How Many Holes Are In Your Bucket?

Retain-custs-510 "Even the best business is like a leaky bucket," according to Daniel G Alcorn, Strategic Business Owner and creator of, a company geared to helping business owners improve their marketing effectiveness through customer retention strategies. Instead of trying to stop the loss of existing customers, businesses spend their time trying to recruit new ones.

Last week Dan invited me to attend Business Referral Networking Group, BRNG, as a guest and listen to his presentation on appreciation marketing. The group which was started and owned by entrepreneur Bonnie Ausfeld works on the premise that members need to educate each other on their services rather than trying to sell them services. This is what makes this group so unique. Through these presentations members are able to learn new skills, promote their business and get to know each other quickly, which builds a sense of trust. “Trust," says Bonnie, "is the basis for any good networking group. How can you refer anyone unless you feel good about that person and trust their expertise.”

Having been involved in many networking groups I found Bonnie’s premise to be quite unusual and rewarding. You mean I don’t have to listen to boring sales presentations for an hour?

No stranger to business, Dan cited some statistics about the business climate and how businesses are reacting. In tough economics business are likely to cut back many services in an attempt to get their costs in line. Often the cost cutting also means not keeping in contact with previous customers.

The “leaky bucket theory” basically looks at a business as a bucket with liquid customers coming into the bucket through promotional or acquisition marketing. This fills up the bucket and translates into what businesses call market share. Unfortunately, according to Alcorn, the average company loses 10% of its customers through the leaky holes in the bucket. If a business were to ‘stop up these holes’, Alcorn says, research confirms businesses would improve margins and profitability. Paying attention to why customers defect also sheds light on the problem. According to a study by Reicheld and Sasser for the Harvard Business, the review cites that 68% of customers leave because of ‘perceived indifference,’ another 14% is dissatisfaction and 9% for competitive reasons. That means that 91% of customer defection can be impacted by the business if they choose to stay in touch with their sold customers. My experience with conducting customer defection surveys is that 9 times out of 10, unhappy customers will tell the salesperson that their reasons for not buying is a price issue. When these customers are surveyed, they are willing to give up the real reason which is often the store didn’t pay enough attention to me.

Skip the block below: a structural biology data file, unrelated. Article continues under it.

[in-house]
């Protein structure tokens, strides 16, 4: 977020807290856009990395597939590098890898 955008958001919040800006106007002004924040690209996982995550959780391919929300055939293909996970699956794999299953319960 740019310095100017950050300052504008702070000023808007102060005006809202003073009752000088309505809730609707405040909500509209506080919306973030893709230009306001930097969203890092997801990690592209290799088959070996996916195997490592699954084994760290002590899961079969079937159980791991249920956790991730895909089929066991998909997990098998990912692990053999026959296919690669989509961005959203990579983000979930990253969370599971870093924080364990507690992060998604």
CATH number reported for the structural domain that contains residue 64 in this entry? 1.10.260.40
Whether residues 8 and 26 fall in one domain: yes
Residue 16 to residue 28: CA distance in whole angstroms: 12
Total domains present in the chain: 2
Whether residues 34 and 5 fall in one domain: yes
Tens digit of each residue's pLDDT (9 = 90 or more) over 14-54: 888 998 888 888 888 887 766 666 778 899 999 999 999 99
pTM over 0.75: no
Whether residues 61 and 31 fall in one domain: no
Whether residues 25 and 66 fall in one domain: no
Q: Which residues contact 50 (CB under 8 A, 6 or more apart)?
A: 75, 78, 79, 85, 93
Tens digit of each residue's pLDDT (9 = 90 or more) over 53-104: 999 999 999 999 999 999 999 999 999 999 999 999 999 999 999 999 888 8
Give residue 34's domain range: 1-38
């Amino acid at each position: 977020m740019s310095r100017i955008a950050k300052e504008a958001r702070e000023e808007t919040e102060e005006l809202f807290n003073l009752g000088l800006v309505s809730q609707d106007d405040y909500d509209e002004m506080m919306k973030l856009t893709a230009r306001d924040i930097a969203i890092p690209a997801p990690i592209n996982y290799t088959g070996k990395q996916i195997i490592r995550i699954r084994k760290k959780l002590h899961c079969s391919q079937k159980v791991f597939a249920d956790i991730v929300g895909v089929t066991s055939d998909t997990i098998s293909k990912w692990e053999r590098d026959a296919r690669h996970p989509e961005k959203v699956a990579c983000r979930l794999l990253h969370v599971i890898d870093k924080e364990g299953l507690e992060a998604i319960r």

When it comes to marketing, where do businesses spend their money? A business divides its advertising and marketing dollars between promotional dollars (to entice new customers) and appreciation marketing to minimize defection. Despite the statistics, 60-70% of the possibility of success rate with existing customers and 5-20% for enticing new customers, most businesses spend as much as 80% of their marketing resources on obtaining new customers. According to Michael Lowenstein in his article, “Model Modelers in Predictive Churn”, Search CRM, June 2002, 62% of customer defections can be modified if discovered in advance. Often times businesses rely on ‘reports from unhappy customers’ as an indicator of business health, the U.S. Department of Consumer Affairs reports that 96% of unhappy customers never contact the business, they just go away unhappy.

The key is staying in touch with your customers. But Instead of ‘throwing some against the wall and hoping it will stick’, a business should know their targeted customer and spend time staying in touch.

Should a business spend time trying to retain their customers or let their 20 or 30 years of referrals do it all for them? The big question, are customers that don’t complain really satisfied? That brings us back to the last statistic that 96% never complain, they just go away unhappy.

Statistics tell us that 80% of a company’s new business will come from referrals but what about the customer that is unhappy? What is this customer saying about your business? Can bad business overshadow your referrals? With a defection rate of about 20% yearly it’s easy to see how a business can sell themselves out of business. In my book, Red Hot Customer Service I talk about how retention strategies can keep any business in the black.

What can a business do to stop the leaks in the bucket? The first step is to pay attention to your existing customers and track the results. This simple step can be the difference in life or death of your company.

If you want to know more about appreciation marketing and want a free consultation on how appreciation marketing might help your business, contact Dan and tell him "any friend of Lis’s is a friend of mine!"

Next week, more on retention strategies.

What are you doing to retain customers? Give us your comments.


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